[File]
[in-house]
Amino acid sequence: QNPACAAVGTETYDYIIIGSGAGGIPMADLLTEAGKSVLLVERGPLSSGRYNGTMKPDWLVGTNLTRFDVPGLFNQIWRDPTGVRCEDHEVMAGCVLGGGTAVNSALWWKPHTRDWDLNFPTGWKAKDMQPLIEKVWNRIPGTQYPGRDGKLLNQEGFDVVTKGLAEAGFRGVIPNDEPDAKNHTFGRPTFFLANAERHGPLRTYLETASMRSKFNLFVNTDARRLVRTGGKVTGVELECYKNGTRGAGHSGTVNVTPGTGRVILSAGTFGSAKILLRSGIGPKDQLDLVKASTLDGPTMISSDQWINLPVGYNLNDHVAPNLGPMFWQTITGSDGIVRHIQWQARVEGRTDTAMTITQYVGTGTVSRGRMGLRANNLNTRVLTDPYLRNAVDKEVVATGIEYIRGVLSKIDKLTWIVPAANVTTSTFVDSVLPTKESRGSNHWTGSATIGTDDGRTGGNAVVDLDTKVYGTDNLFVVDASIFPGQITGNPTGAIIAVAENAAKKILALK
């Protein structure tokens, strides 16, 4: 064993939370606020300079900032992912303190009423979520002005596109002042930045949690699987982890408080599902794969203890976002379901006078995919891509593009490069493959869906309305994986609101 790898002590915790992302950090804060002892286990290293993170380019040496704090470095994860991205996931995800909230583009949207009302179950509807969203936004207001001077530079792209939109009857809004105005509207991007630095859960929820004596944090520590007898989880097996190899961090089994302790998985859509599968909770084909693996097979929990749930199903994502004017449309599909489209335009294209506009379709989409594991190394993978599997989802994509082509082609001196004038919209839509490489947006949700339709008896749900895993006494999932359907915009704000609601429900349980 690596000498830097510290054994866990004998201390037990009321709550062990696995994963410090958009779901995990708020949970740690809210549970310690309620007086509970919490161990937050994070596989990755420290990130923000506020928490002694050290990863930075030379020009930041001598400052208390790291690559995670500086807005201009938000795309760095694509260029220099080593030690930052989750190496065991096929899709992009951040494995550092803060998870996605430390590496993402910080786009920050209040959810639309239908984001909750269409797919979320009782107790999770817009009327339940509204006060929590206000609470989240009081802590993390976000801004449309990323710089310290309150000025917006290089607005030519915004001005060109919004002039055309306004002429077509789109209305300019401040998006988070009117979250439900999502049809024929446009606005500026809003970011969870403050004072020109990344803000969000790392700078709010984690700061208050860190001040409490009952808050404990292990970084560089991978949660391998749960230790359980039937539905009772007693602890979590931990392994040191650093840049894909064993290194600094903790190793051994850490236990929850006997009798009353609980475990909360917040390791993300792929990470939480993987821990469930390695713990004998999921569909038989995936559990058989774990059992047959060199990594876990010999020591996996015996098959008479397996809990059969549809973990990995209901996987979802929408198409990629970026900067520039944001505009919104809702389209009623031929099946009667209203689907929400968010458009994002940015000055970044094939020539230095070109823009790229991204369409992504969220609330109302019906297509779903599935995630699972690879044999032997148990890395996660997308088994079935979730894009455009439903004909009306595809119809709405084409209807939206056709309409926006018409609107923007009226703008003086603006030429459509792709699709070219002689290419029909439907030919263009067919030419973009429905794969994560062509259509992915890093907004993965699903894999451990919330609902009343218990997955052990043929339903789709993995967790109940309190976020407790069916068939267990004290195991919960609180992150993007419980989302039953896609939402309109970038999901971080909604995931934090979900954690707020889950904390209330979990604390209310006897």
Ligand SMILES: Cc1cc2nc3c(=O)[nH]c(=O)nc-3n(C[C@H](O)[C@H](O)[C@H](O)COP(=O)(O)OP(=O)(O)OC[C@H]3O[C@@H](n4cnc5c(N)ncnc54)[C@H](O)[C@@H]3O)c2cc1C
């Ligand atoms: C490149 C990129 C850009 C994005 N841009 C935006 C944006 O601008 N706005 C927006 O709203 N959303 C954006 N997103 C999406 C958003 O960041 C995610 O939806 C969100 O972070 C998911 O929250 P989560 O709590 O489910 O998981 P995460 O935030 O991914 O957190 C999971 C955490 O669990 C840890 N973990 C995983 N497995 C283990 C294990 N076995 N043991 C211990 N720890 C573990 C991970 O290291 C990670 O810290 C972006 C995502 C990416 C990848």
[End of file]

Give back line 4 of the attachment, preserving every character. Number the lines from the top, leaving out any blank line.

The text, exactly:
Ligand SMILES: Cc1cc2nc3c(=O)[nH]c(=O)nc-3n(C[C@H](O)[C@H](O)[C@H](O)COP(=O)(O)OP(=O)(O)OC[C@H]3O[C@@H](n4cnc5c(N)ncnc54)[C@H](O)[C@@H]3O)c2cc1C